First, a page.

edit on 3-7-2014 by Rob48 because: 250mb data



posted on Jul, 3 2014 @ 01:52 PM
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originally posted by: Rob48




although if the conditions are very suitable or unsuitable at 300mb then I am assuming they will not be too different at 250mb.

2) It's only a model. If the model data is not accurate, it won't match the real world. Also the resolution of modelled data is far lower than actual, real world soundings.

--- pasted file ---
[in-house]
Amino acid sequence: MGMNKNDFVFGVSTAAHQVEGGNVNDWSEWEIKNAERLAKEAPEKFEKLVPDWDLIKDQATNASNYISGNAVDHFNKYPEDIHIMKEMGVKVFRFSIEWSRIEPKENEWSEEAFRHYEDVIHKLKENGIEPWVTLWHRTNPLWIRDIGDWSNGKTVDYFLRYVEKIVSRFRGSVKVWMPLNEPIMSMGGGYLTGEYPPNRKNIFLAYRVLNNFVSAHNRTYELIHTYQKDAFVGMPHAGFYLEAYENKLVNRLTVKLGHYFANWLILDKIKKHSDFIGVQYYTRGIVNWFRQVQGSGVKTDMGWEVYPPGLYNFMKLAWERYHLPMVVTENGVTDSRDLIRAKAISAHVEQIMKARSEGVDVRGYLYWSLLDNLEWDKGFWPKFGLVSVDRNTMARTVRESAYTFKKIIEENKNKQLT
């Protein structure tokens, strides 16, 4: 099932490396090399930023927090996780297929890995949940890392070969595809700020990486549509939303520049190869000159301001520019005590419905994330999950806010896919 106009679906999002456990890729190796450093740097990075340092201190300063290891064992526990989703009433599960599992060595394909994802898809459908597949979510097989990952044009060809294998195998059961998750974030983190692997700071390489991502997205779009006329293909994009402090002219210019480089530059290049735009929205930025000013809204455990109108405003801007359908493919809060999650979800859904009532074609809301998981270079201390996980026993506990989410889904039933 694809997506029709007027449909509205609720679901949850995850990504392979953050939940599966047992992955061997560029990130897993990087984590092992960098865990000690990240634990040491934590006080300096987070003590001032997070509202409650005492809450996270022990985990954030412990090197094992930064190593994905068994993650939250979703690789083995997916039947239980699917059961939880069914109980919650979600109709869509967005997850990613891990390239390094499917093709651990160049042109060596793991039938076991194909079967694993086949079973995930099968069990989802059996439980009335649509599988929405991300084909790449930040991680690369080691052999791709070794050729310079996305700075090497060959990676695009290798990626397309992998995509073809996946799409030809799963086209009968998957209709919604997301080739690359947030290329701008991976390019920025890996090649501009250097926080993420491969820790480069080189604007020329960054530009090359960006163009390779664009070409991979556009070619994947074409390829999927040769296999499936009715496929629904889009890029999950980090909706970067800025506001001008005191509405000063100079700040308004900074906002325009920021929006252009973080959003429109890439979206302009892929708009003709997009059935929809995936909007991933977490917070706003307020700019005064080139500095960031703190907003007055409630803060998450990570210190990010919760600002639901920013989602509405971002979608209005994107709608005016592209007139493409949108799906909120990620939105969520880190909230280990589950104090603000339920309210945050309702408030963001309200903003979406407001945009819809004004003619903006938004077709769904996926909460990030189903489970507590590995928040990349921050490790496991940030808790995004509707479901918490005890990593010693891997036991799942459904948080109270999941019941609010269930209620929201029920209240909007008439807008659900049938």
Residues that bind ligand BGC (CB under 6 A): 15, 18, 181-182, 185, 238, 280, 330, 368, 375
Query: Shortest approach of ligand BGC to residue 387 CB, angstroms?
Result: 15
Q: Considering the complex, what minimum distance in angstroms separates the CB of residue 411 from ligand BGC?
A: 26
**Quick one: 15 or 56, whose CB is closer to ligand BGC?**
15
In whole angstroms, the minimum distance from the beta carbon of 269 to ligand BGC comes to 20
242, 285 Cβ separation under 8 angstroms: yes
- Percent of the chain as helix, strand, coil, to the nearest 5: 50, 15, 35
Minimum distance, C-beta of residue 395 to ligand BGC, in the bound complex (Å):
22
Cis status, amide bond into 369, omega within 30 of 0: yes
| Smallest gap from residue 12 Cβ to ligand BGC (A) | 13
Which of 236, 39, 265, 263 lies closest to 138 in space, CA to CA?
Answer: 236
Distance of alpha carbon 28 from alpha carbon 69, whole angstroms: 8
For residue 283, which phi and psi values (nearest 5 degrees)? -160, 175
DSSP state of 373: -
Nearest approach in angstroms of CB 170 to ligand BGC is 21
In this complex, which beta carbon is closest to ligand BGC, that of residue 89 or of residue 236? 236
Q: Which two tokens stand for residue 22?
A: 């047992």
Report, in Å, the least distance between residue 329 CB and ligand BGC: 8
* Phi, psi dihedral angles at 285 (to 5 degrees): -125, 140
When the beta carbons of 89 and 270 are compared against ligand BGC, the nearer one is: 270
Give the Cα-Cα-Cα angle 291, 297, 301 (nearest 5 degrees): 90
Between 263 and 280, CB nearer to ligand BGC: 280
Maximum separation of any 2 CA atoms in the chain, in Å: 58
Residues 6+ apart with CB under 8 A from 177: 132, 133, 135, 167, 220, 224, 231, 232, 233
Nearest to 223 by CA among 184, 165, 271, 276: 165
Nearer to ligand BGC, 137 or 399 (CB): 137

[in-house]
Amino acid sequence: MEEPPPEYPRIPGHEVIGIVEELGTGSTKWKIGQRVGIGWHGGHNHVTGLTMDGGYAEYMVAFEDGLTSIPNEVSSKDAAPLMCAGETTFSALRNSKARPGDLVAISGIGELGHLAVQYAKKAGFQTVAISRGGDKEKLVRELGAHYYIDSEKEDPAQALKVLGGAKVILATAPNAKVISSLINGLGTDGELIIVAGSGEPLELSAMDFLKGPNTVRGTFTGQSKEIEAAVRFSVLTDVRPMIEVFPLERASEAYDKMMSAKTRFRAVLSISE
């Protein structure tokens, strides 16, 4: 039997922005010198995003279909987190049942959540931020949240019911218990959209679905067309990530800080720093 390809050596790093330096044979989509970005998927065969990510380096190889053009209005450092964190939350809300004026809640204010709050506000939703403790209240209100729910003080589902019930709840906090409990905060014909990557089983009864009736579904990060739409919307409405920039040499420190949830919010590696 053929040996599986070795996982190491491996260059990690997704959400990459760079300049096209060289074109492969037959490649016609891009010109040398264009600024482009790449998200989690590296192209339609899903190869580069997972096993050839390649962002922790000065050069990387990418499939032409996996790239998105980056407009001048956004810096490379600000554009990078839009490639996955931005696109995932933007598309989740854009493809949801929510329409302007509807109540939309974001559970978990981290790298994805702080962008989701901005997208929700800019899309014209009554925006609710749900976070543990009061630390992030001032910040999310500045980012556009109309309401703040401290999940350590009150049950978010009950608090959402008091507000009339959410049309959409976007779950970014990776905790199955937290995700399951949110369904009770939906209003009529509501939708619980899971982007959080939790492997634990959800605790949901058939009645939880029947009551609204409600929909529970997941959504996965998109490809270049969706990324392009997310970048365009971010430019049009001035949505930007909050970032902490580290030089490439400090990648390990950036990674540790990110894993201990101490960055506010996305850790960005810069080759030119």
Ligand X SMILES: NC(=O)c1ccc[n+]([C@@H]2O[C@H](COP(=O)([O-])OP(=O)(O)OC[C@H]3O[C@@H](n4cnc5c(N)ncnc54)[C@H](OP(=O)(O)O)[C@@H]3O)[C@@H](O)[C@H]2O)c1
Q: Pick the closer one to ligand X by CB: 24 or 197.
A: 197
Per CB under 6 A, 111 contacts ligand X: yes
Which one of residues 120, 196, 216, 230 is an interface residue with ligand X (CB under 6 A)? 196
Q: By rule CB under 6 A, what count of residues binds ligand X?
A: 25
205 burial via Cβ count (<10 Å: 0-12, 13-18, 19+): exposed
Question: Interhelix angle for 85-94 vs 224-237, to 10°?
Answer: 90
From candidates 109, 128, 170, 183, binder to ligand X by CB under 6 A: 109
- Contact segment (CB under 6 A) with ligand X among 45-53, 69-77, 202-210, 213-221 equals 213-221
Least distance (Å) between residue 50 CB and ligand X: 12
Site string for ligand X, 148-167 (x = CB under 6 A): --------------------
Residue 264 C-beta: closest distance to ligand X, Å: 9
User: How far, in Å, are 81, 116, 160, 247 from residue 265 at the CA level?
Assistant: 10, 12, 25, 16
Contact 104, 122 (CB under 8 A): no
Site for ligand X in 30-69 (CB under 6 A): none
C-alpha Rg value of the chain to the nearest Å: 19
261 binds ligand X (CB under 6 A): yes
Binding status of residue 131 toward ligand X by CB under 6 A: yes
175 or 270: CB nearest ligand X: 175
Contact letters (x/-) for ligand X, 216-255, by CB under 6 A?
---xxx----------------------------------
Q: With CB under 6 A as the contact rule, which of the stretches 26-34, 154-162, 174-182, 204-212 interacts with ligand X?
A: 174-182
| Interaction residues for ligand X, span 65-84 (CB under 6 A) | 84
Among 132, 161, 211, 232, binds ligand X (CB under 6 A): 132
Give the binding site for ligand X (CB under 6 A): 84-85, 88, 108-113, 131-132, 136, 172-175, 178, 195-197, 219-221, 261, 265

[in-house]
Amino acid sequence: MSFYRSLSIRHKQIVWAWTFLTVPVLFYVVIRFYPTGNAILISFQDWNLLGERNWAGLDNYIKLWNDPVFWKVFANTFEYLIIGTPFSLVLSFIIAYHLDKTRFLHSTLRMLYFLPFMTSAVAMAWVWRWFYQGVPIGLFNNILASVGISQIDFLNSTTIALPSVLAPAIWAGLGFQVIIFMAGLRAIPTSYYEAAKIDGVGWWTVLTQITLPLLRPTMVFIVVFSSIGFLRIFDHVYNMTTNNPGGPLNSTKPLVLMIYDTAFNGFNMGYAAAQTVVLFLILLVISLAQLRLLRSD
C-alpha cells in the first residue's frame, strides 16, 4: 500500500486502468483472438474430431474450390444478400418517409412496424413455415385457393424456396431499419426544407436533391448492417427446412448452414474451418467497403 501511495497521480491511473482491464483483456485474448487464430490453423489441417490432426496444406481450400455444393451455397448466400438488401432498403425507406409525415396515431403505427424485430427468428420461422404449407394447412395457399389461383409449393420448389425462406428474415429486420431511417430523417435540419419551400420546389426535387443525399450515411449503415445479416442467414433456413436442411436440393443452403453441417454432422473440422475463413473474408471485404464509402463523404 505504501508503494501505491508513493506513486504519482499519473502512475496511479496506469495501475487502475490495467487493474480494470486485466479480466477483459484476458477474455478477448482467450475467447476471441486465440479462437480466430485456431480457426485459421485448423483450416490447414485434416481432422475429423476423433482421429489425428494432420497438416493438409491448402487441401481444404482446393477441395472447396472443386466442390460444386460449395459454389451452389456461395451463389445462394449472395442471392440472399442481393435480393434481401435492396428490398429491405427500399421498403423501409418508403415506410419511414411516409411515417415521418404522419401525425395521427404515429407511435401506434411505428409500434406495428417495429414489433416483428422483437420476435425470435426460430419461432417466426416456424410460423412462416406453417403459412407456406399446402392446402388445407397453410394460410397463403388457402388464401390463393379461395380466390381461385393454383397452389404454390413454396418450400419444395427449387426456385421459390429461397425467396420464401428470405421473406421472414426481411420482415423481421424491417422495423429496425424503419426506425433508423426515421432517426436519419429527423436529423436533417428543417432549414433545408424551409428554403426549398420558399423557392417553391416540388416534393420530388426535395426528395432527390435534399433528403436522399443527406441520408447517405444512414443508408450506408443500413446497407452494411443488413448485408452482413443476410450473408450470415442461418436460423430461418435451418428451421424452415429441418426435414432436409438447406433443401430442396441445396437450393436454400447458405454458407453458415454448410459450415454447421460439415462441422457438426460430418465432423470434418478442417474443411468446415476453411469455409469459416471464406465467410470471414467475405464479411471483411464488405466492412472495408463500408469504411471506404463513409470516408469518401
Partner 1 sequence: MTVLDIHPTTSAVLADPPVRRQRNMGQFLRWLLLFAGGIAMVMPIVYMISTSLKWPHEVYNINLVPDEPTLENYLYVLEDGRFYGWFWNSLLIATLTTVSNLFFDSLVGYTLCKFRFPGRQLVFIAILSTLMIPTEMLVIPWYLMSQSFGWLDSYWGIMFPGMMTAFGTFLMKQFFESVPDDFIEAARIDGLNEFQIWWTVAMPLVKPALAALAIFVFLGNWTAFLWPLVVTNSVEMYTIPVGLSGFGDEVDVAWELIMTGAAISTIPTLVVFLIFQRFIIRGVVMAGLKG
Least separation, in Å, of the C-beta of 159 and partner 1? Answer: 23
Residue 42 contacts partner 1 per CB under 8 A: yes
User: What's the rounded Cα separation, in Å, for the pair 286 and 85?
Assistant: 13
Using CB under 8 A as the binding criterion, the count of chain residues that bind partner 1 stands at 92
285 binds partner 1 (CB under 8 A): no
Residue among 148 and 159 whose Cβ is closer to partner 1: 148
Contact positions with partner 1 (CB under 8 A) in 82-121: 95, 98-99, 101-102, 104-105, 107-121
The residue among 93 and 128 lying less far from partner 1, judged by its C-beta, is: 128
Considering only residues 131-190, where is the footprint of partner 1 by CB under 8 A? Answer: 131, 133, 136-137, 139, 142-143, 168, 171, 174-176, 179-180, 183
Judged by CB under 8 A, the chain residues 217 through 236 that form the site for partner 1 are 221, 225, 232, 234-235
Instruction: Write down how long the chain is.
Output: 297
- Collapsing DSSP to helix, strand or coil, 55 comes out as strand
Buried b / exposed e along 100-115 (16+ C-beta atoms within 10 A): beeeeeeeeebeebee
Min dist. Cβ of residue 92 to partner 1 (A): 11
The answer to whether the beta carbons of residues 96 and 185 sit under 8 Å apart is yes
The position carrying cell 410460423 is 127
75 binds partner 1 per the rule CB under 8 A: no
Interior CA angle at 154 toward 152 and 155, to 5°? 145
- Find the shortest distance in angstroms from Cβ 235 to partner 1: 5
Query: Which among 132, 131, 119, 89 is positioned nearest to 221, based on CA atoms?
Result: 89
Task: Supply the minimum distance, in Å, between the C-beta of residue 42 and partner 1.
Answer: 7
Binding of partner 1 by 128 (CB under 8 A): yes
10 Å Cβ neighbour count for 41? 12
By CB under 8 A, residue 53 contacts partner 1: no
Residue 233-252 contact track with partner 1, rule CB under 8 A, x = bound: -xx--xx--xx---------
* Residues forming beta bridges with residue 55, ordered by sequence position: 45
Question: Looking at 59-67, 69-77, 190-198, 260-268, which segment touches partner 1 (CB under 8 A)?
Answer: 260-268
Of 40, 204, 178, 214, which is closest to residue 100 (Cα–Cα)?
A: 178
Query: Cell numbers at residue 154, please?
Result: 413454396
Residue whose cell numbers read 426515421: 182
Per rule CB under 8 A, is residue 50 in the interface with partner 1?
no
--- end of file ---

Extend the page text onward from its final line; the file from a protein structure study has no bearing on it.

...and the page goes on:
3) The chart was drawn 33 years ago. Modern engines tend to create contrails under conditions that older ones might not have done, although this effect should be fairly small.

With all this in mind, I intend to make some predictions on this thread and test them out. Accusations that I am being briefed by the Black Hats who plan the spraying days gratefully accepted...